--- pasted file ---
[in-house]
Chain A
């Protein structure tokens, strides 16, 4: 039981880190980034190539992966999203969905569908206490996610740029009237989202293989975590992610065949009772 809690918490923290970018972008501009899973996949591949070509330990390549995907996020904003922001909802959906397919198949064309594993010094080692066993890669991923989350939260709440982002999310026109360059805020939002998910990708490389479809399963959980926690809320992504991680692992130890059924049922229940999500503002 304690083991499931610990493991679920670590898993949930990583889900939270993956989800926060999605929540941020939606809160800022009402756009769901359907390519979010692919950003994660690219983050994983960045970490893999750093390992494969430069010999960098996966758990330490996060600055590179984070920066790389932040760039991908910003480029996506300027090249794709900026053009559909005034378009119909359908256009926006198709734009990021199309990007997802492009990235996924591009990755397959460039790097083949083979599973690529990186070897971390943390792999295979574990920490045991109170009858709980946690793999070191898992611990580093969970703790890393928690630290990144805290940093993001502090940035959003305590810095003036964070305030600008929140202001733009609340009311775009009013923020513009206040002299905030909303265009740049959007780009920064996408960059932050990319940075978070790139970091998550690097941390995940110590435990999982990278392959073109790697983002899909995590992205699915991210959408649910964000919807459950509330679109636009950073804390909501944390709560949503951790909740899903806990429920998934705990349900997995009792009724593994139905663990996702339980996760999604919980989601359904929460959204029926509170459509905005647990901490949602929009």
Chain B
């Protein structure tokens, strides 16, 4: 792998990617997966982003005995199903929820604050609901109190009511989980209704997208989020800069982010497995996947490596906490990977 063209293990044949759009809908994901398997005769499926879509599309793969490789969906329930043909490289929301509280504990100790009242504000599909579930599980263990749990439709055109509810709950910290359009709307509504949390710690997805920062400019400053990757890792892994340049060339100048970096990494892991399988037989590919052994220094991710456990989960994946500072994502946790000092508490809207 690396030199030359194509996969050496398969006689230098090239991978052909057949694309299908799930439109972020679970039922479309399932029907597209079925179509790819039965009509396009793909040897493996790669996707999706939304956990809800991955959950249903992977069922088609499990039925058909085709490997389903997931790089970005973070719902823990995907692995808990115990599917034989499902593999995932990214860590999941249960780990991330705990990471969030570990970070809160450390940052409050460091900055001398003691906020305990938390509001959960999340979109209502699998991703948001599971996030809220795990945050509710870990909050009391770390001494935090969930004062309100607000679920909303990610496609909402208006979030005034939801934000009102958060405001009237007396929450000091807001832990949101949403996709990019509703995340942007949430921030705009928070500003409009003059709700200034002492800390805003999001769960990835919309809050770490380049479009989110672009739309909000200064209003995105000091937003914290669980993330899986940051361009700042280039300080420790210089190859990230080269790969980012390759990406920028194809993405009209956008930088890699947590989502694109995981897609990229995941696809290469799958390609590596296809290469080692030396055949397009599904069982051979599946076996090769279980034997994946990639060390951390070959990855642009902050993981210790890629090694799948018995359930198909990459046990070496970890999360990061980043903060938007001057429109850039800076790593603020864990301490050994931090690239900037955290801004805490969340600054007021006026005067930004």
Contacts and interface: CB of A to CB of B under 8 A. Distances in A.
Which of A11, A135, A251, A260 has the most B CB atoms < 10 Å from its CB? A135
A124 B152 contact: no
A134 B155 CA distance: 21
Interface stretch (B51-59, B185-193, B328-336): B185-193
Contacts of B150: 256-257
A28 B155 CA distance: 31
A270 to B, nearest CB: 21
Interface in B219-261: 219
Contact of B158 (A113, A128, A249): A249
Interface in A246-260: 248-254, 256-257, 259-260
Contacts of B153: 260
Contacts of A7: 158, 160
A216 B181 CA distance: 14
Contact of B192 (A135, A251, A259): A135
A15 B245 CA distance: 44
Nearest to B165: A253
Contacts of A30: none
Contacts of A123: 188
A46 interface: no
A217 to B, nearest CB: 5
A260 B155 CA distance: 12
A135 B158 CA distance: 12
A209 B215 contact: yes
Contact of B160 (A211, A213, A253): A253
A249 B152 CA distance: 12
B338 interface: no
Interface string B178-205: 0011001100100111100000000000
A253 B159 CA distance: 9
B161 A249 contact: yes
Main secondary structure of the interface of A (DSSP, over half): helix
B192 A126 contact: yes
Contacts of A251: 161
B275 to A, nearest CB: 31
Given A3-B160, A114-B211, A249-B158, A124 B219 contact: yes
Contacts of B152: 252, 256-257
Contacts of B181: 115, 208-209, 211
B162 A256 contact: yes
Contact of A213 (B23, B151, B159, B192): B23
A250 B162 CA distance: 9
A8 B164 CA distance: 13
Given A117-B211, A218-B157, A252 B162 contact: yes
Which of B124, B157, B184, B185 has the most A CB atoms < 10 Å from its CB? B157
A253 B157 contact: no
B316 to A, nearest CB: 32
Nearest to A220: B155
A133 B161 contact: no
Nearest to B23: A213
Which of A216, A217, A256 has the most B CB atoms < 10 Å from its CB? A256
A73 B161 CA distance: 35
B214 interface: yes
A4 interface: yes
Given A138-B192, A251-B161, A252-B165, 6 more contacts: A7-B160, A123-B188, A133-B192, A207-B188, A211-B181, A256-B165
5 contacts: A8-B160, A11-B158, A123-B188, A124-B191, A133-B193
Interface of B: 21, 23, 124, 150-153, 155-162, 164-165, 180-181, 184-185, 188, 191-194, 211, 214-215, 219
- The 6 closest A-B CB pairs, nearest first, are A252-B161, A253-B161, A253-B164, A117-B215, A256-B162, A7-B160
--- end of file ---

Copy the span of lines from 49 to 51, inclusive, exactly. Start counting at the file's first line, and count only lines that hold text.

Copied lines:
A253 B157 contact: no
B316 to A, nearest CB: 32
Nearest to A220: B155